By Jill Harmacinski
11"I'm not going for style," Konjoian said. "I'm going for warmth."
Across the Merrimack Valley, dozens of folks are gearing up to witness presidential history firsthand.
Tuesday, when President-elect Barack Obama puts his hand on the Bible, becoming the nation's 44th president, he'll have plenty of local company, including a poet, midshipman, parents, students, a birthday girl and others.
"It's an unbelievable thing. It's just awesome," said Linda Harvey, a Methuen mom who is heading to Washington, D.C., with her two daughters, Maxine, 12, and Talia, 9. Originally Hillary Clinton supporters, the Harvey family turned to Obama and the girls even made phone calls on the president-elect's behalf.
"They are so excited because they feel like they picked the winner," Harvey said. "Since the day he won, they just assumed they were going."
The inauguration also will be a big day for Maxine Harvey because it's her 13th birthday.
"I keep telling her that I'm convinced Obama is going to say in his speech, 'Happy Birthday Maxine,'" Linda Harvey said with a chuckle.
For some, the trip will be their first visit to an inauguration. Others have already witnessed the transfer of power and are reveling over a return visit.
"I am very excited. It's the presidency we are celebrating. I have to confess to having a little bit of Obama-mania," said Andover poet Mark Schorr, executive director of the Lawrence-based Robert Frost Foundation.
To mark the inauguration, Schorr has written a poem, "Elusive Air," which is addressed to Obama from the view of a person standing in the crowded mall during the swearing in.
"I know Obama loves language and poetry," he said.
The preparation, buildup of the event and a young family's move to the White House reminds Konjoian of the inauguration of President John F. Kennedy. She was just 12 then and remembers watching the event on television on a snowy Friday.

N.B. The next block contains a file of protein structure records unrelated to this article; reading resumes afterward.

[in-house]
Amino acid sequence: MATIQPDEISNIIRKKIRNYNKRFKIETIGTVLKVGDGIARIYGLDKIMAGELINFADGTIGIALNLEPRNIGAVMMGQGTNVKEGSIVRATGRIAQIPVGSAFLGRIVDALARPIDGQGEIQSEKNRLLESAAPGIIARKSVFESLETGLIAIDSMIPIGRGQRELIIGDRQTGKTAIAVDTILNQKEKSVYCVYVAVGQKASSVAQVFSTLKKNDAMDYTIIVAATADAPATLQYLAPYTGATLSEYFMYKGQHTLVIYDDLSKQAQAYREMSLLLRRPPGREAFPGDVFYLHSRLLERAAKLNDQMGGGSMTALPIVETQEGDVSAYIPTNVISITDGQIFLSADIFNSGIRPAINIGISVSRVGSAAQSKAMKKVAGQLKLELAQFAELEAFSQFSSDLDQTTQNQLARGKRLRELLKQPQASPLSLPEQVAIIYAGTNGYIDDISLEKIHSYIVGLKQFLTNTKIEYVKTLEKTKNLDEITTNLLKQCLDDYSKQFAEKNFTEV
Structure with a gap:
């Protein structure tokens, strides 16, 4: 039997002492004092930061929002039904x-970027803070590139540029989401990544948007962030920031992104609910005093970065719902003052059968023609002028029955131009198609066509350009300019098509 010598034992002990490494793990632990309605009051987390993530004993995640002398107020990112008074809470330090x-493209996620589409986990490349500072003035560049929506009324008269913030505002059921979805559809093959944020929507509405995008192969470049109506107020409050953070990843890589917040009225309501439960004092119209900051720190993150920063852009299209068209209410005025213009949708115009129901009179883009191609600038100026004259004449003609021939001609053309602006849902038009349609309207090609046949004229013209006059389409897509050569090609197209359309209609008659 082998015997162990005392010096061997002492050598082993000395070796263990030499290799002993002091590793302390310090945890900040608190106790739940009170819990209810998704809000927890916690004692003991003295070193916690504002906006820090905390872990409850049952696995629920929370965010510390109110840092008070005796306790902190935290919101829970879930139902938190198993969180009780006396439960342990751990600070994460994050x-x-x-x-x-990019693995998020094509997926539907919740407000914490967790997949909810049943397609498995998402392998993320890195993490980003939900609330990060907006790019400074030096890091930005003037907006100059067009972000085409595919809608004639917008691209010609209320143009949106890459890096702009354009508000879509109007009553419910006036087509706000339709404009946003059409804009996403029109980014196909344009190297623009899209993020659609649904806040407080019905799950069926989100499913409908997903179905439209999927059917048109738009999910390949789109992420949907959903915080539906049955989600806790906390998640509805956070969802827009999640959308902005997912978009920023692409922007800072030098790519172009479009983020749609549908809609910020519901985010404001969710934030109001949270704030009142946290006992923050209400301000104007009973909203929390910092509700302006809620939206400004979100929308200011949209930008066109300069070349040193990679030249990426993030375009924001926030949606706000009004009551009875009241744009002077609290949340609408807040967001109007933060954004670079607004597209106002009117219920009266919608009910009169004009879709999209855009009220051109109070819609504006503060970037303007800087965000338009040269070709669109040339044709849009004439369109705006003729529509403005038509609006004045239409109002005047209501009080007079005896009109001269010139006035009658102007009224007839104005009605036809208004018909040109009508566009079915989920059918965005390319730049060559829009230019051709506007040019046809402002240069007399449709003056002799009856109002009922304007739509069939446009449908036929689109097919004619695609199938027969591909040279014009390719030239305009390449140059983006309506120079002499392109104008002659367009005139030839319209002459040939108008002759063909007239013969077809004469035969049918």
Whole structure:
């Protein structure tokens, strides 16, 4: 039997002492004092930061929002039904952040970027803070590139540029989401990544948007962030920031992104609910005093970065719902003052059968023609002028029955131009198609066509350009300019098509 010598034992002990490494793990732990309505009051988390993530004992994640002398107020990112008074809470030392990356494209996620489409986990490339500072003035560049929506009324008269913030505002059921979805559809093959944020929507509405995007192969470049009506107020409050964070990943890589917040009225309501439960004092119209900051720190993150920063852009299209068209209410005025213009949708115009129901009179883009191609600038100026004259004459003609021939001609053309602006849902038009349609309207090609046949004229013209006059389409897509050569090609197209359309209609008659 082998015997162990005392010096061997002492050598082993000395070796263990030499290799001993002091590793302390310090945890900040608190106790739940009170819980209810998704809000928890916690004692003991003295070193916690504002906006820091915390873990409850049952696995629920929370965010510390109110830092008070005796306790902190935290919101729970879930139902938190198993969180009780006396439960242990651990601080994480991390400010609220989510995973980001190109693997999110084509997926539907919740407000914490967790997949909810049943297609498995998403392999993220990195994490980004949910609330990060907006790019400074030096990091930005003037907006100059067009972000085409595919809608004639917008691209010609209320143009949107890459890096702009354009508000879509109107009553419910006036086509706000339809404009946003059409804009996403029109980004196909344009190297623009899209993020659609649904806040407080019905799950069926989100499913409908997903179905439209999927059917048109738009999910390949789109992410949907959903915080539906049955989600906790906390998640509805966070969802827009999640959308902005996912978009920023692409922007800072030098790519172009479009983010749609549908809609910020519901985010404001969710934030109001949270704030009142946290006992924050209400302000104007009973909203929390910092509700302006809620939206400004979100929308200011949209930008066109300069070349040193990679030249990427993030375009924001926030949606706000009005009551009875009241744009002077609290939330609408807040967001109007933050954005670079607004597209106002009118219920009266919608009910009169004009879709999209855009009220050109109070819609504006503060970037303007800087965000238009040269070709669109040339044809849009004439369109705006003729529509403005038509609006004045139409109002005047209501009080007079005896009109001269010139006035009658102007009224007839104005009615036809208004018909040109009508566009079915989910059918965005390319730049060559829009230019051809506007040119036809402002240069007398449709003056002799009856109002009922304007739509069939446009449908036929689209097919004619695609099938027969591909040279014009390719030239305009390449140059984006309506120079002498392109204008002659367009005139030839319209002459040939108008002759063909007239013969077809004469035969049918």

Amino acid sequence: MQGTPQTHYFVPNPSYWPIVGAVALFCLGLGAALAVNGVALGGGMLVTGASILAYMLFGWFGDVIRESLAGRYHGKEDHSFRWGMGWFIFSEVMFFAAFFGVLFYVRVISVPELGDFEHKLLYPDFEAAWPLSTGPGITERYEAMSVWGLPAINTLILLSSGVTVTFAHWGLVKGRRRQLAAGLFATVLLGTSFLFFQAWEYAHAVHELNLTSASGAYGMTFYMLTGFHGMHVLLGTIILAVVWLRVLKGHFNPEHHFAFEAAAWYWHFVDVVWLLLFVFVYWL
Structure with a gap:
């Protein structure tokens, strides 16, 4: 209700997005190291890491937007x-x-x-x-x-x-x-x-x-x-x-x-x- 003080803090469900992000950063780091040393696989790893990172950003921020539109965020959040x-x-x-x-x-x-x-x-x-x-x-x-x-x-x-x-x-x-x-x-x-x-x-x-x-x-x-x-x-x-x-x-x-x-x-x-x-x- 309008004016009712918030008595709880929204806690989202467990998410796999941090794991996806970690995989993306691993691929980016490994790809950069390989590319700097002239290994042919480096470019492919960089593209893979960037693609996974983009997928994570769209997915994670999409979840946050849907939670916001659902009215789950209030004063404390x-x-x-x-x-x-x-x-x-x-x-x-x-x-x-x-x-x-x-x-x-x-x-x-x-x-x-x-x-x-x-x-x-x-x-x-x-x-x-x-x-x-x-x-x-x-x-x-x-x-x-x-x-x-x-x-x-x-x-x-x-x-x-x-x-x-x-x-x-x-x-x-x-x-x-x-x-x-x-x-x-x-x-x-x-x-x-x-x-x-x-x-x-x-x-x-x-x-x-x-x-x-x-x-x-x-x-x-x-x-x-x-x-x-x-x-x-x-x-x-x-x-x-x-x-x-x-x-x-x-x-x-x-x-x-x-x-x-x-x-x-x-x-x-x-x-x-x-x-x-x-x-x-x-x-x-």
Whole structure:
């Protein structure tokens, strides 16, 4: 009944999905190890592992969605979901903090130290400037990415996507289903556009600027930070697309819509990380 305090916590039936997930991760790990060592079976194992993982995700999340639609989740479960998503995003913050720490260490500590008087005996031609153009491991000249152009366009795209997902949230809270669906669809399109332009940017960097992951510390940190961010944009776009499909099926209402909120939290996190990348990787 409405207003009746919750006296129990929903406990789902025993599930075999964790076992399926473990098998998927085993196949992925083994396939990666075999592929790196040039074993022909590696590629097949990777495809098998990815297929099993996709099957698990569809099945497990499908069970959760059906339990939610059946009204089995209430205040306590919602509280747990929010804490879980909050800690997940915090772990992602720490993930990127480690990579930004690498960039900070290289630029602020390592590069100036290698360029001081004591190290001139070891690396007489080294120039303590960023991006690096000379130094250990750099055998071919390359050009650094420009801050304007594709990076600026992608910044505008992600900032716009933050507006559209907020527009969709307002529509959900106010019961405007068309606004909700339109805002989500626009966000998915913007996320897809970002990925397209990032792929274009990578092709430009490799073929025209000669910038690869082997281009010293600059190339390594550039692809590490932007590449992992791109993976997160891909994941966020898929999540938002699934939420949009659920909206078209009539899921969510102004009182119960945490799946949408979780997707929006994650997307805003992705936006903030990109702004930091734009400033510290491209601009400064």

"There's a parallel here," said Konjoian, a special education assistant who lives in Andover.
Kennedy appealed to the American people through TV. Obama, in turn, captured many voters' attention using computer power, she said.
"One hand washes the other, so to speak," said Konjoian, who is visiting Washington with her husband, David. Their son Matthew lives in the D.C. area and works for an energy-related trade association. Last fall, while mom campaigned for Obama in Massachusetts, Matthew garnered votes for him in Virginia. The inauguration tickets, which they won through a political lottery, is "a great reward for a lot of hard work," Matthew said.
As a Lowell Catholic student, Wright was among a group of 130 high-schoolers who visited Washington, D.C., as part of the National Youth Leadership Forum. The students assumed roles as high-profile leaders and handled mock crises. His work with the forum led to an invitation to the inauguration and both the social and intellectual events surrounding it. To say the least, Wright, now a sophomore at UMass Lowell, is extremely excited about his upcoming adventures.
"I hope I get to sit next to someone really important so I can talk their ear off," he said.
And at the inaugural balls, he hopes to mingle with the stars.
"Hopefully, Oprah can give me a shout out and P Diddy and any other celebrities who will be there," said Wright, who is studying to be an electrical engineer.
Samuel and Maria Aliano of Methuen won't be in Washington next week, but they'll be closely watching TV, looking for their son Adam, a 2005 Methuen High graduate. Adam, who attends the U.S. Naval Academy, is one of 90 midshipmen selected to represent the academy at the inauguration.
In full dress uniform and carrying a rifle, Aliano will march three miles on inauguration day.
"I really wish I could be there," said Samuel Aliano, a retired Lawrence police captain. "We're all so proud of him and he's very honored to be there in that capacity."
A single mother, Harvey has worked diligently to make her daughters aware of government, it's role and power. She adopted her girls from China, where women are considered second-class citizens.
"I grew up thinking that government was just there. But my children believe that politics is part of everyday life. If you have a problem, you talk to a politician. You talk to someone in office," she said.
She's thrilled her daughters will be witness to the inauguration and all that it represents.
"To be there. To be part of history. To be part of a changing world," she said.